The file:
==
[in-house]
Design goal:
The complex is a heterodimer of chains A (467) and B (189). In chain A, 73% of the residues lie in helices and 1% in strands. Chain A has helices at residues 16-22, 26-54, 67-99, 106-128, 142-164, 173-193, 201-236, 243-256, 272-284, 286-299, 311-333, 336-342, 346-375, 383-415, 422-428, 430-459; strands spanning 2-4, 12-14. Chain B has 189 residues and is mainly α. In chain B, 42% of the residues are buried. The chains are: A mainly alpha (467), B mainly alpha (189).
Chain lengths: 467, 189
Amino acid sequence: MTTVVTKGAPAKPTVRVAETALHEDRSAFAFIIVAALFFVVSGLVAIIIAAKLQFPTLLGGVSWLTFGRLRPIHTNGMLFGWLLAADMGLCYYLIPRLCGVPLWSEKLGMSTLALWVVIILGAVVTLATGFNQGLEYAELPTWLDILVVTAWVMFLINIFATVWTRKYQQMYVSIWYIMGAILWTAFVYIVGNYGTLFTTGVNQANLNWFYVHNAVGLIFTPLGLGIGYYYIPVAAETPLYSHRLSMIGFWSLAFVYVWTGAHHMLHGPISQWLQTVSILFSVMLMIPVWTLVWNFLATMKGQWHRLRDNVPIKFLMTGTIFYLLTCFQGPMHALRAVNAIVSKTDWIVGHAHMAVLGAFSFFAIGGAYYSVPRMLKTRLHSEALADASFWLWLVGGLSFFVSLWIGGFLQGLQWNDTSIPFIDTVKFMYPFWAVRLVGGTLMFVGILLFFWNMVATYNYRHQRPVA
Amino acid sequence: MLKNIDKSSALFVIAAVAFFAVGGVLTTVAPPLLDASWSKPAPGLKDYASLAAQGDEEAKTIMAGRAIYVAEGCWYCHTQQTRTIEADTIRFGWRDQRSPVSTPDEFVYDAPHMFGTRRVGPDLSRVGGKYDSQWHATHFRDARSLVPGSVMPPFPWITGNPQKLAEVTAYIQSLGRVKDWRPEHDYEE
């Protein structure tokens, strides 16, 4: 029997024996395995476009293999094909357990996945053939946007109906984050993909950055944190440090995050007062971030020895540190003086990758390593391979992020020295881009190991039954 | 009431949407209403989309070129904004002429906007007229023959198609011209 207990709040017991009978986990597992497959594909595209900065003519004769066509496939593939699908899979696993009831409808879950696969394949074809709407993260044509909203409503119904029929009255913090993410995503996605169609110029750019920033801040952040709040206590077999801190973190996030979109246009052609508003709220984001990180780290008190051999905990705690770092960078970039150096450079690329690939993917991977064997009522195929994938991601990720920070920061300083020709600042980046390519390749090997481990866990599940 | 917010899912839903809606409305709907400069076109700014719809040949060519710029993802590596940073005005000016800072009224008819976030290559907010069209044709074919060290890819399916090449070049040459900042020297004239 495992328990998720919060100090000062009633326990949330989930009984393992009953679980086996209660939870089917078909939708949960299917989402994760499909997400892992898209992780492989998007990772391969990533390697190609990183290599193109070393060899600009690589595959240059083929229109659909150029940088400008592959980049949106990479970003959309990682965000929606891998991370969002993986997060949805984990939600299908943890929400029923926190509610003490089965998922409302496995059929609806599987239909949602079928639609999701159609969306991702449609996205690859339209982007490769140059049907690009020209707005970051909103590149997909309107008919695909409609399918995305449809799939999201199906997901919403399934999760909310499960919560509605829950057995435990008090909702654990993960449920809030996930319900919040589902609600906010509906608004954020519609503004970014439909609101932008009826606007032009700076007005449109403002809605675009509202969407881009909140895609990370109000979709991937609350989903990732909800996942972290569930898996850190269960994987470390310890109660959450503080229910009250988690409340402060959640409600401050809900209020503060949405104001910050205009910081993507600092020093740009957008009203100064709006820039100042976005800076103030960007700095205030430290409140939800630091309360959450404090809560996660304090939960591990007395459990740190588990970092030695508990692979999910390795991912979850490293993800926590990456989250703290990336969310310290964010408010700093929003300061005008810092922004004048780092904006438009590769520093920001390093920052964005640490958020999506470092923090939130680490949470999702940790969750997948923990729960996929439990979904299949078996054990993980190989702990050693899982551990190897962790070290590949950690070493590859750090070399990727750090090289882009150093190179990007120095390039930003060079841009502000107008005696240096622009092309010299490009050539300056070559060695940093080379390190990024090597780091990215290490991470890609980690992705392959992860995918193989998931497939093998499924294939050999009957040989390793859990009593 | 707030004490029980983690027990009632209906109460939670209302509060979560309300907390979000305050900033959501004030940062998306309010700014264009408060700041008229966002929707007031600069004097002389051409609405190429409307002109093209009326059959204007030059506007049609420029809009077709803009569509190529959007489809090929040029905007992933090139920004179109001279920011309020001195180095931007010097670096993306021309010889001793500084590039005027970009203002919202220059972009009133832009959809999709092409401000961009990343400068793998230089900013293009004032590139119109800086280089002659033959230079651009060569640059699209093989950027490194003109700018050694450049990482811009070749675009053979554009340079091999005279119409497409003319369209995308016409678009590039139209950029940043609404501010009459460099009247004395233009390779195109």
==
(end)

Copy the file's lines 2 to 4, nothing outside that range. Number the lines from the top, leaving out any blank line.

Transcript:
Design goal:
The complex is a heterodimer of chains A (467) and B (189). In chain A, 73% of the residues lie in helices and 1% in strands. Chain A has helices at residues 16-22, 26-54, 67-99, 106-128, 142-164, 173-193, 201-236, 243-256, 272-284, 286-299, 311-333, 336-342, 346-375, 383-415, 422-428, 430-459; strands spanning 2-4, 12-14. Chain B has 189 residues and is mainly α. In chain B, 42% of the residues are buried. The chains are: A mainly alpha (467), B mainly alpha (189).
Chain lengths: 467, 189